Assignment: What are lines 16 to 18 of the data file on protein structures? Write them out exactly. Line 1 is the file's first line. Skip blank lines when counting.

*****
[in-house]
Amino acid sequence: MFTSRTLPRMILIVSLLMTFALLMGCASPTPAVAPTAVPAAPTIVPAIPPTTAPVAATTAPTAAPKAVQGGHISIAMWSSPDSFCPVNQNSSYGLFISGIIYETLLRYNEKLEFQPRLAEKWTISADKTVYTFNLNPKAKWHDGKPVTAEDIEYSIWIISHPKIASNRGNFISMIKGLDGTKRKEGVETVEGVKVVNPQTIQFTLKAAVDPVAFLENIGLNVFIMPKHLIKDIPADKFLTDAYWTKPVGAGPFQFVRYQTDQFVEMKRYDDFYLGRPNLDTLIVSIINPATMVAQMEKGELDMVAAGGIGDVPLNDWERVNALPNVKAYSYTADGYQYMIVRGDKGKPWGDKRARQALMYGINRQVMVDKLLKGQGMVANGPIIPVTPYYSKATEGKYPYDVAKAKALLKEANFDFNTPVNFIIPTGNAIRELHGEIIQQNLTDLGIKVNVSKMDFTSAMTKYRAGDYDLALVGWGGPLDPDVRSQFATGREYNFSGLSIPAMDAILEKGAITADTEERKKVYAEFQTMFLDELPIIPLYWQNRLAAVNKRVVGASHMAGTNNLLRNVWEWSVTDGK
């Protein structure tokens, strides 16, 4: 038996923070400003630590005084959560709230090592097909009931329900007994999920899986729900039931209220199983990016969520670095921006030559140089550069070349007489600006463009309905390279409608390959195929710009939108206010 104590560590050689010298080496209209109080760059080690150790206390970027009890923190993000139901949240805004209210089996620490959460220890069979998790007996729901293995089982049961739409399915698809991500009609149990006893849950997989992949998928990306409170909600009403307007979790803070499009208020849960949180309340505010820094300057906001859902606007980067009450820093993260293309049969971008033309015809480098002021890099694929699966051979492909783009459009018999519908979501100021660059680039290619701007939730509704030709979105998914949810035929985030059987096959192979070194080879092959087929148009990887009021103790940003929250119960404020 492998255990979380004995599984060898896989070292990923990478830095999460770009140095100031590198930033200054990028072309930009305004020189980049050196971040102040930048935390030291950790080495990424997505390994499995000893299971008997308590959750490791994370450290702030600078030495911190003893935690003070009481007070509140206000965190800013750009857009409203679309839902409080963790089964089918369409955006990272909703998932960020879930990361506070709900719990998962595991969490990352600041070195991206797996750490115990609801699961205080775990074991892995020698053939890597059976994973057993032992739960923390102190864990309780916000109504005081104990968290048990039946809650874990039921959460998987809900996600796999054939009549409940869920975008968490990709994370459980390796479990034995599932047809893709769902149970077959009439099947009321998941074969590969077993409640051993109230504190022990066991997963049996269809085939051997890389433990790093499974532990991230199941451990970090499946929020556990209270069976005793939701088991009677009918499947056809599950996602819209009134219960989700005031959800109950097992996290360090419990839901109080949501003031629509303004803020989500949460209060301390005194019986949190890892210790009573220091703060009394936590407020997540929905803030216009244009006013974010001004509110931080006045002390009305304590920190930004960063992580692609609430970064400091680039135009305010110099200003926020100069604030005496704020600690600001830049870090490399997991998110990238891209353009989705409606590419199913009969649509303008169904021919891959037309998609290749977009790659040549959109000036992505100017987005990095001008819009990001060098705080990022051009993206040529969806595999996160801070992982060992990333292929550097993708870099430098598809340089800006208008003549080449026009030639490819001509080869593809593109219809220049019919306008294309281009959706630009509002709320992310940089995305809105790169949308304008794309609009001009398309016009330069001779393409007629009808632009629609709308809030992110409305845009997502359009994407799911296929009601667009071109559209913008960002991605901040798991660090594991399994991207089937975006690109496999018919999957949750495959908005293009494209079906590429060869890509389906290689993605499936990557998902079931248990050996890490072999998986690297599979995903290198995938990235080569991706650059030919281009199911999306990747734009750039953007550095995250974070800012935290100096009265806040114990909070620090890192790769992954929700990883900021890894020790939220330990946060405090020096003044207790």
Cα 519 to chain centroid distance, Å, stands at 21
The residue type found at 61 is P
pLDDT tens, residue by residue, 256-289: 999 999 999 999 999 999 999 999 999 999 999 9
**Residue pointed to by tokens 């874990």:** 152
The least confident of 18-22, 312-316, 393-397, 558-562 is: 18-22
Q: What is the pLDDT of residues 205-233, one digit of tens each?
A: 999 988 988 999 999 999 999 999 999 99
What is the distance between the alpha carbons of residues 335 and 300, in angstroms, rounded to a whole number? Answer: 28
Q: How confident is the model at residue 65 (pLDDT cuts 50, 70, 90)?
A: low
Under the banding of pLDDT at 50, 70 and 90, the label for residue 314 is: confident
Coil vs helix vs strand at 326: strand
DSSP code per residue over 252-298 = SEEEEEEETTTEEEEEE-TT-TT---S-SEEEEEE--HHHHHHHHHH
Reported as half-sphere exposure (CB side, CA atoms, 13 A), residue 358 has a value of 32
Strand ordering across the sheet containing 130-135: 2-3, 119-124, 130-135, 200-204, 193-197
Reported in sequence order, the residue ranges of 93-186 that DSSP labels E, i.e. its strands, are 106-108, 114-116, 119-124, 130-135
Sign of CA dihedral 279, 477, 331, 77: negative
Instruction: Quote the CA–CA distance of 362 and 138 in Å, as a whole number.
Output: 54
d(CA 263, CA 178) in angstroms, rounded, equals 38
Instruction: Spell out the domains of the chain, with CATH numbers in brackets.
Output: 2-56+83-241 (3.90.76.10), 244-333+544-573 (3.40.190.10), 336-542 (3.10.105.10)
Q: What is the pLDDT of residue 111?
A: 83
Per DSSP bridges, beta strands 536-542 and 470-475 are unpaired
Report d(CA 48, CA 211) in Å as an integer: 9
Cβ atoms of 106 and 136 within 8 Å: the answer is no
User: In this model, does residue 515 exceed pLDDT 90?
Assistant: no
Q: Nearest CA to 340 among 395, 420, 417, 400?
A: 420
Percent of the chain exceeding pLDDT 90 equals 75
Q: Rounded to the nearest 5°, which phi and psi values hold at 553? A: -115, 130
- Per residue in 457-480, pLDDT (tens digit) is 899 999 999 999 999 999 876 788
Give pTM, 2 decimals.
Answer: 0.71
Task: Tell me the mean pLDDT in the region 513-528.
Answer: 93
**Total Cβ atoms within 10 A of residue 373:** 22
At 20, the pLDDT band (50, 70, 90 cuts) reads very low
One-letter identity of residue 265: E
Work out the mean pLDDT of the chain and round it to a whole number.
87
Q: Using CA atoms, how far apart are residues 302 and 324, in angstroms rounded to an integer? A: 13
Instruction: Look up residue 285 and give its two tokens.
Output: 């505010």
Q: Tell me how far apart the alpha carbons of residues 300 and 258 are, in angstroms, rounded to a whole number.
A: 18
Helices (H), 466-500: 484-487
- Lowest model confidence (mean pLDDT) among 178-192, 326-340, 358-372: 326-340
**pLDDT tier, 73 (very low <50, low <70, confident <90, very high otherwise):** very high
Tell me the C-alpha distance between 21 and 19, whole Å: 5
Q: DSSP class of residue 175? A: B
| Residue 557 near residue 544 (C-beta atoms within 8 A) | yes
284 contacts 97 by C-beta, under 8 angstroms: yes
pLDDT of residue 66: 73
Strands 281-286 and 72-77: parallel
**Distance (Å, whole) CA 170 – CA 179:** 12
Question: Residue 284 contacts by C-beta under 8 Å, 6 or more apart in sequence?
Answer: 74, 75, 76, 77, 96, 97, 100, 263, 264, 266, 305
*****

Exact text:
DSSP code per residue over 252-298 = SEEEEEEETTTEEEEEE-TT-TT---S-SEEEEEE--HHHHHHHHHH
Reported as half-sphere exposure (CB side, CA atoms, 13 A), residue 358 has a value of 32
Strand ordering across the sheet containing 130-135: 2-3, 119-124, 130-135, 200-204, 193-197